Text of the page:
This book is essential reading for any physical scientist who is interested in performing biological research.
… an ambitious text aimed at educating new graduate students about the important and most common techniques used in a modern biological physics laboratory; it could also serve nicely as a reference manual for advanced graduate students of new or underused protocols. … Overall, the many outstanding qualities should make it an essential part of the biophysicist’s collection.
―Jennifer L. Ross, Physics Today, August 2012
Very useful as a resource to get a basic understanding of methodology outside one's realm of expertise … very readable.
―Gary F. Polking, Ph.D., Iowa State University
The book provides a comprehensive overview of diverse methods in biophysics. It will be a great resource for every working scientist in the physical sciences. It would also be a great supporting text to read as part of an introductory course in biophysical methods, particularly for graduate students and postdocs entering the field from other disciplines.
―Anthony J. Koleske, Yale University
This book provides a broad overview on the many interrelated disciplines shaping modern biophysical research. Its structure evolves from the basics of biochemistry through the principles of relevant analytical techniques to the chemistry of nanoparticles and surfaces. The many chapters appear to be rather exhaustive, clearly organized and beautifully illustrated. I believe that this book will be a useful tool to undergraduate and graduate students and a valuable reference for researchers in the field.
―Françisco M. Raymo, University of Miami
This book fills the need for a practical, hands-on guide for physical scientists who are moving into biological research.
―Daniel A. Beard, Medical College of Wisconsin
As scientists from more quantitative fields expand further into molecular and cellular biology, their labs need to acquire new biological methods for sample preparation and handling. These skills are not traditionally available to physicists and chemists. This book will be appropriate for any experimentalist in chemistry or physics who is moving into biological work. It will also be excellent reading material for undergraduate or graduate students who will be working in a biologically oriented lab, as well as for an advanced lab class in biophysics or bioengineering.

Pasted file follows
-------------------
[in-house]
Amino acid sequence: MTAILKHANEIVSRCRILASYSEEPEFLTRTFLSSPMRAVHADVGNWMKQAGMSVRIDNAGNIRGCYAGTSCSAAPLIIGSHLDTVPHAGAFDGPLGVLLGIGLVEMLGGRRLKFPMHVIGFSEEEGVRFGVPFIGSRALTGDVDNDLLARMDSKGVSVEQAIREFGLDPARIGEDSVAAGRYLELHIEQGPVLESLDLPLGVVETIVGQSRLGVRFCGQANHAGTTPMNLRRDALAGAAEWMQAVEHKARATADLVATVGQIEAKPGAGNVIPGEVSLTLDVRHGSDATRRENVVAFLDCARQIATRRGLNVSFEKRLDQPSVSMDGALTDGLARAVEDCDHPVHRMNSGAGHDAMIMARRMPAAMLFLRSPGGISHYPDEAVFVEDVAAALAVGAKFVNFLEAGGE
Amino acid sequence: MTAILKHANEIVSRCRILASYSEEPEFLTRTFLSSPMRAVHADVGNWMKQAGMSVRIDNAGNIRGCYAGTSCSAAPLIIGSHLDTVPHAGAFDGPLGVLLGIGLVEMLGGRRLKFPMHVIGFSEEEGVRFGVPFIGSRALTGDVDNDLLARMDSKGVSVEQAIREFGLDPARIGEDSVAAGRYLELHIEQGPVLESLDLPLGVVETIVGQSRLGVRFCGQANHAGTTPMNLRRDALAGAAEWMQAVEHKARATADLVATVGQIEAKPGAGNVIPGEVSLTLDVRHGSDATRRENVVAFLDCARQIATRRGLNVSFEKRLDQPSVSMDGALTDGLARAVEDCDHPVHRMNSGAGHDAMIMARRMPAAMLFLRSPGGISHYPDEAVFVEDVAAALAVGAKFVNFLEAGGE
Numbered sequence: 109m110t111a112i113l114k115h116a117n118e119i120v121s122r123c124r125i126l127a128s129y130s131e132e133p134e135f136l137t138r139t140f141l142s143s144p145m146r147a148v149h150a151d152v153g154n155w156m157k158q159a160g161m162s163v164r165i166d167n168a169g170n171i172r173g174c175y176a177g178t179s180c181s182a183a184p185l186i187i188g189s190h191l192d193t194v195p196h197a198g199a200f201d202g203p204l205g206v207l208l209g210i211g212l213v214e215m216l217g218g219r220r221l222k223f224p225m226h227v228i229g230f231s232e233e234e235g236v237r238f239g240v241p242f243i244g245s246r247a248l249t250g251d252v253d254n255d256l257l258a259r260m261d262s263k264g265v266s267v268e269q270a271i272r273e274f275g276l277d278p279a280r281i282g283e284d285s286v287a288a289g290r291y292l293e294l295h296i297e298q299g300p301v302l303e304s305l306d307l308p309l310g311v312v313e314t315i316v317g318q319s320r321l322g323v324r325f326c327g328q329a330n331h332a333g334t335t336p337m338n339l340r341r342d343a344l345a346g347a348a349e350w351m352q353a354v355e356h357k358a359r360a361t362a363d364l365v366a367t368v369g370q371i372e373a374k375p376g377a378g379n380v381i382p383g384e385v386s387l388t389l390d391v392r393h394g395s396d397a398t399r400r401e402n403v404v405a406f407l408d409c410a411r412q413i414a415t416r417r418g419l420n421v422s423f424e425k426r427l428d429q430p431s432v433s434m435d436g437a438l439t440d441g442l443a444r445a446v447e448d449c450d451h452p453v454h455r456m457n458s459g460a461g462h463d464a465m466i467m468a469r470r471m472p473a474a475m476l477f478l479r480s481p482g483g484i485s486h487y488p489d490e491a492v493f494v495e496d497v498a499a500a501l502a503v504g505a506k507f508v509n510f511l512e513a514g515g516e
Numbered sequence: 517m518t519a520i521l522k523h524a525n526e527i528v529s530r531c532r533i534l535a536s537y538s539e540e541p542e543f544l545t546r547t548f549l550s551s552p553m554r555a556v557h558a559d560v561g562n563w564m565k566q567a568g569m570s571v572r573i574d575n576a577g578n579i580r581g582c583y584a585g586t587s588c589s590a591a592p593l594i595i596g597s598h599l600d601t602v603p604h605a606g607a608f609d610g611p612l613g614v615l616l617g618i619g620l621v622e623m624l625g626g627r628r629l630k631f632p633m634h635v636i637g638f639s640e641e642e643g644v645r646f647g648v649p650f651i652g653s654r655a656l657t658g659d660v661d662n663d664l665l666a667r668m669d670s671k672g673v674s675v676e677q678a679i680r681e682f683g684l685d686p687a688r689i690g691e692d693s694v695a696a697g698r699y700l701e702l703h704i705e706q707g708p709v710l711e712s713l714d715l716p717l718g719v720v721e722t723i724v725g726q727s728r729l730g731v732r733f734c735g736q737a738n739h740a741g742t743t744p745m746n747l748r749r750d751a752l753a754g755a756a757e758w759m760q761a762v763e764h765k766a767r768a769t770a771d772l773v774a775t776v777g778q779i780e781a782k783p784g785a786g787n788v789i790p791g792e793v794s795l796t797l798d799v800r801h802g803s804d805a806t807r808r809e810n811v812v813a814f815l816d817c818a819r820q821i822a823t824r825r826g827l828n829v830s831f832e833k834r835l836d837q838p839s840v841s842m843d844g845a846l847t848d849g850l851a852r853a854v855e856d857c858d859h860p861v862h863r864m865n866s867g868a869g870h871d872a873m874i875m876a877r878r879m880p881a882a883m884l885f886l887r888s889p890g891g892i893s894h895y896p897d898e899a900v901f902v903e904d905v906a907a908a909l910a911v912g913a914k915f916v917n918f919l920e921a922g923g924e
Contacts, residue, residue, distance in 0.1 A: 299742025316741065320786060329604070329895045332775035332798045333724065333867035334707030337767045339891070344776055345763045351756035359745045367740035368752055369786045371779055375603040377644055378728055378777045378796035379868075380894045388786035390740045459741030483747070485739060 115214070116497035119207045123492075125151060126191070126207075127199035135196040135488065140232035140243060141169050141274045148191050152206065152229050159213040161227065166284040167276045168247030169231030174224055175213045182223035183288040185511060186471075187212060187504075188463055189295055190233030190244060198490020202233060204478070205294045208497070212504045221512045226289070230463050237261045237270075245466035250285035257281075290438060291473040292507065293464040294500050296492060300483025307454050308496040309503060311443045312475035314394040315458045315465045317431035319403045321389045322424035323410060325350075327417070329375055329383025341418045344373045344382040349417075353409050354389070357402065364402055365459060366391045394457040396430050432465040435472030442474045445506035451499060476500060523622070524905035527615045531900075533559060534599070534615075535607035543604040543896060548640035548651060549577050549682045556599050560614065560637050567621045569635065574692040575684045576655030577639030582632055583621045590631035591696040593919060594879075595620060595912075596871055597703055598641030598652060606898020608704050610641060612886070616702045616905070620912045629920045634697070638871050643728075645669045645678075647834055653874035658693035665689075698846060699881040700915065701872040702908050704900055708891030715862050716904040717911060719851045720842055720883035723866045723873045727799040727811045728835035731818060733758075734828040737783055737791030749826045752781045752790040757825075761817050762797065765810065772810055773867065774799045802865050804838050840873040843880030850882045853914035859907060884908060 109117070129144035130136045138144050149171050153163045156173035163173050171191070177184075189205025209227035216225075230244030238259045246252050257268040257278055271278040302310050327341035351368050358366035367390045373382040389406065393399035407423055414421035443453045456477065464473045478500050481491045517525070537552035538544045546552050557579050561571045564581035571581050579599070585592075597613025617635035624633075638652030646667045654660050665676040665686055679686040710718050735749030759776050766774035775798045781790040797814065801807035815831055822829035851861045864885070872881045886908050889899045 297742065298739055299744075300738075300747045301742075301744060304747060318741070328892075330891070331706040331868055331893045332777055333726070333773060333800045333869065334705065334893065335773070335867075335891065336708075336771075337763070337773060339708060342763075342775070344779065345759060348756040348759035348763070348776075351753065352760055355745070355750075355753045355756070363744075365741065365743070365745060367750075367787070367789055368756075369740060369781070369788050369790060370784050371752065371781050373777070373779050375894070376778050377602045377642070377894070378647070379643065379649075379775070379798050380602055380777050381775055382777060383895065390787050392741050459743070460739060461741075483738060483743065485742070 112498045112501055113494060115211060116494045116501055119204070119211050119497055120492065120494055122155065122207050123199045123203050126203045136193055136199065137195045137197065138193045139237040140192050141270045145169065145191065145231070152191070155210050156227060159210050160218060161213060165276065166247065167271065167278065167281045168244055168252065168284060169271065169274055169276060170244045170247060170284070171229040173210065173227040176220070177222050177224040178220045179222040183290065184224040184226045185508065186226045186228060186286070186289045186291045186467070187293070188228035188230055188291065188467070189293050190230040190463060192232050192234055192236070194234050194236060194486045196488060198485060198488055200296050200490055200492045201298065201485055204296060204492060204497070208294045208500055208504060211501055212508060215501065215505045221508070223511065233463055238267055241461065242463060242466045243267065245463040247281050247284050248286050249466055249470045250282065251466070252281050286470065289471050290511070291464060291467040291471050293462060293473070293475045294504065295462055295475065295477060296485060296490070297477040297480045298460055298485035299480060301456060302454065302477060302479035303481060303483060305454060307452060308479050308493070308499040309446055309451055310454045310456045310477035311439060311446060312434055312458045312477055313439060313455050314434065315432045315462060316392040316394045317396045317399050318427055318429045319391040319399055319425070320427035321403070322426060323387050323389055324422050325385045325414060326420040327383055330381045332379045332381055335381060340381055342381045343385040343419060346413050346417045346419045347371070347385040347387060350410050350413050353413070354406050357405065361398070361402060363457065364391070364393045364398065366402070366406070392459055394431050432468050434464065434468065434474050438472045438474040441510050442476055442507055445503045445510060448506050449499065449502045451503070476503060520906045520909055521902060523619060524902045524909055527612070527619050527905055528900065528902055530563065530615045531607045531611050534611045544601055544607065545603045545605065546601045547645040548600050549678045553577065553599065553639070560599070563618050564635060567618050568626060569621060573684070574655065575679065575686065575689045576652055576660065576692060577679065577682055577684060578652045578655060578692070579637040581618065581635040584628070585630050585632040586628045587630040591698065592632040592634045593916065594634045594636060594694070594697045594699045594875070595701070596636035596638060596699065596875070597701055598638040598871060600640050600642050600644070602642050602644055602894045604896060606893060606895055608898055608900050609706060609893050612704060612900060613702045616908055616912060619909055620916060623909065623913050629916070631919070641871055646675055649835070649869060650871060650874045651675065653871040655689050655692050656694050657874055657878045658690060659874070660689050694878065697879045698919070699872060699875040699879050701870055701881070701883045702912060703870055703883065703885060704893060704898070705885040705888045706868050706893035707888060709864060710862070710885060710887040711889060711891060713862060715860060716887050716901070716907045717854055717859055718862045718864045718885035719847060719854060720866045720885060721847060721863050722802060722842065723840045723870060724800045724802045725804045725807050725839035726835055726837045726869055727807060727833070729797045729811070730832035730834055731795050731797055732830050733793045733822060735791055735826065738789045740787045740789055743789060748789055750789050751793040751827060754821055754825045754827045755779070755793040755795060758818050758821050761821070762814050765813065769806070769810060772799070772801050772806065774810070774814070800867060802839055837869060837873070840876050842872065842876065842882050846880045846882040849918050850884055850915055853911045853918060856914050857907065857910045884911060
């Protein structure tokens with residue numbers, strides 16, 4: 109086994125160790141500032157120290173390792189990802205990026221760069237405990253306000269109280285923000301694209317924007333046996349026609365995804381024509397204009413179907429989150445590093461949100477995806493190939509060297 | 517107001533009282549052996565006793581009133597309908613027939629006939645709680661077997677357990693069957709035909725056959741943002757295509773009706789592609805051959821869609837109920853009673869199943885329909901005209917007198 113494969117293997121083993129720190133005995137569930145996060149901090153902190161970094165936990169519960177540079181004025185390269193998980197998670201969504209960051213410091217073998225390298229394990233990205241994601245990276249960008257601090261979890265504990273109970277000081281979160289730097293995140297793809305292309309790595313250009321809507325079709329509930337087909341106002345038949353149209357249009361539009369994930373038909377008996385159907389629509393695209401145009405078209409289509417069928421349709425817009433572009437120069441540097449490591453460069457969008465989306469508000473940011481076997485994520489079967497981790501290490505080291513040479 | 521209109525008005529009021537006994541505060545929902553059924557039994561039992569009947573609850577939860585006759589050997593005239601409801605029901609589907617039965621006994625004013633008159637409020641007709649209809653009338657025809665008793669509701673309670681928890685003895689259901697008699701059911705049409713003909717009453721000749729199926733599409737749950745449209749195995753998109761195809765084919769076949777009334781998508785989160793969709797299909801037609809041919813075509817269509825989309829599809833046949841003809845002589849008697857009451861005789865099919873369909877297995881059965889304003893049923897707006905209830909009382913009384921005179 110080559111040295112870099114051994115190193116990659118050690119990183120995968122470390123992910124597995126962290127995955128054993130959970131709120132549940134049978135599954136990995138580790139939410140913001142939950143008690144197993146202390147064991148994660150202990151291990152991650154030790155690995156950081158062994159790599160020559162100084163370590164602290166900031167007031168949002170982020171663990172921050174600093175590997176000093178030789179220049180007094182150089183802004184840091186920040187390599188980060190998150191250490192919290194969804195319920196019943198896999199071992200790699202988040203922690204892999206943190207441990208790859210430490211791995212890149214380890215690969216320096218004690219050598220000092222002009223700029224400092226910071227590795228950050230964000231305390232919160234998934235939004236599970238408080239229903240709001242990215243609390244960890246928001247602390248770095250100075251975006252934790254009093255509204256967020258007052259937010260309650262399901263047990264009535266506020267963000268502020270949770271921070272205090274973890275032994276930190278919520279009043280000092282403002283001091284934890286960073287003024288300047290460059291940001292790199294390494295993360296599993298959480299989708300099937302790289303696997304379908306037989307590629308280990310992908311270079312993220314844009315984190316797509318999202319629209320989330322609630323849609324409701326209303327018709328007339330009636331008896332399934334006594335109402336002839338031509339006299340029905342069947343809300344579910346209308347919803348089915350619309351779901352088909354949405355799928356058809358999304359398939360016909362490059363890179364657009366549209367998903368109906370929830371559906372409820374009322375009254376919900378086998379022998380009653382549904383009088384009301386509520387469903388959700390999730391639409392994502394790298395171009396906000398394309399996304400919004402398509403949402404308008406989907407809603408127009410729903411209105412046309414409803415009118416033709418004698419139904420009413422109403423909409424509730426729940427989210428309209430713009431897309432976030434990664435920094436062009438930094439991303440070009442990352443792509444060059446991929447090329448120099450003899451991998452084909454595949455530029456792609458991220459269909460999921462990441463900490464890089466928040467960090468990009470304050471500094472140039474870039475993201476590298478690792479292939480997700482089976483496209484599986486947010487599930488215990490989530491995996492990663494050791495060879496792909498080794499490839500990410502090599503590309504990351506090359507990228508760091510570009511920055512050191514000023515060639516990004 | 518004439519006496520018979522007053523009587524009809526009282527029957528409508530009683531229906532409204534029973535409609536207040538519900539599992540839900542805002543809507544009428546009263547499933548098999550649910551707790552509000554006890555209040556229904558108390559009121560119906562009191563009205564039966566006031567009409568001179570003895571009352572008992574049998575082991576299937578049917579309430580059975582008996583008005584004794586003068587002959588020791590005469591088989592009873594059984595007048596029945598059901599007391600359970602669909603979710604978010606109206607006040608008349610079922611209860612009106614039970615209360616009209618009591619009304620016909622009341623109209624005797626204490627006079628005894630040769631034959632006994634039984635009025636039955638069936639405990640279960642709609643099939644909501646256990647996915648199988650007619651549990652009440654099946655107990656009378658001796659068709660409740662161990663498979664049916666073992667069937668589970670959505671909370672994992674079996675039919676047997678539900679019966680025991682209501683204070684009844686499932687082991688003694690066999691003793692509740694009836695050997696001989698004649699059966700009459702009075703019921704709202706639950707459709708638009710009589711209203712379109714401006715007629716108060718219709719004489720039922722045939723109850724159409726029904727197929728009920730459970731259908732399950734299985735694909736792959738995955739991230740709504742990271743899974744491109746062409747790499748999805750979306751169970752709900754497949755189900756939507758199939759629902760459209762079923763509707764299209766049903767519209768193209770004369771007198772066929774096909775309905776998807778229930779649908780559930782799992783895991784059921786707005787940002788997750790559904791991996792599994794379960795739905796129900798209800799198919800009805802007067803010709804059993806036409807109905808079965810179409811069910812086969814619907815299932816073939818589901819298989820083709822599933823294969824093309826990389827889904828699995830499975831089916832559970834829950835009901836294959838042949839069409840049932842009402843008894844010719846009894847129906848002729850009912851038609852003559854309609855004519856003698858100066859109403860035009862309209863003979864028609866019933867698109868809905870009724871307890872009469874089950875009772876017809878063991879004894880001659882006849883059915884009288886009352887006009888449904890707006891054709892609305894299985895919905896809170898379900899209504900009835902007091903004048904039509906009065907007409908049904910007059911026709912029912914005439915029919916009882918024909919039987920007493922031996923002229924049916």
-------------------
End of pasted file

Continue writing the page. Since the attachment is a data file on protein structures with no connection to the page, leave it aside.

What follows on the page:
―Mark C. Williams, Northeastern University
This book will be very useful for training the growing number of researchers and students from physical sciences to become more familiar with techniques used in biology. The author has made a great effort to keep everything defined and simple.
―James A. Forrest, Department of Physics and Associate Dean of Research, Faculty of Science, University of Waterloo
About the Author
Jay L. Nadeau is an associate professor of biomedical engineering and physics at McGill University (2004–present). Her research interests include nanoparticles, fluorescence imaging, and development of instrumentation for the detection of life elsewhere in the solar system.
She has published over 50 papers on topics ranging from theoretical condensed matter physics to experimental neurobiology to the development of anticancer drugs and, in the process, has used almost every technique described in this book. Her work has been featured in New Scientist, Highlights in Chemical Biology, Radio Canada’s Les Années Lumière, Le Guide des Tendances, and in educational displays in schools and museums. Her research group features
chemists, microbiologists, roboticists, physicists, and physician-scientists, all learning from each other and hoping to speak each other’s language. A believer in bringing biology to physicists as well as physics to biologists, she has created two graduate-level courses: methods in molecular biology for physical scientists and mathematical cellular physiology. She also teaches pharmacology in the medical school and was one of the pioneers in the establishment of multiple mini-interviews for medical school admission.
She has an adjunct position with The Jackson Laboratory in Bar Harbor, Maine, and collaborators in industry and academia in the United States, Europe, Australia, and
Japan. She has given several dozen invited talks at meetings of the American Chemical Society, American Geophysical Union, the International Society for Optics and Photonics (SPIE), the Committee on Space Research, and many others. Before McGill, she was a member of the Jet Propulsion Laboratory’s Center for Life Detection, and previous to that a Burroughs-Wellcome postdoctoral scholar in the laboratory of Henry A. Lester at Caltech. She received her PhD in physics from the University of Minnesota in 1996.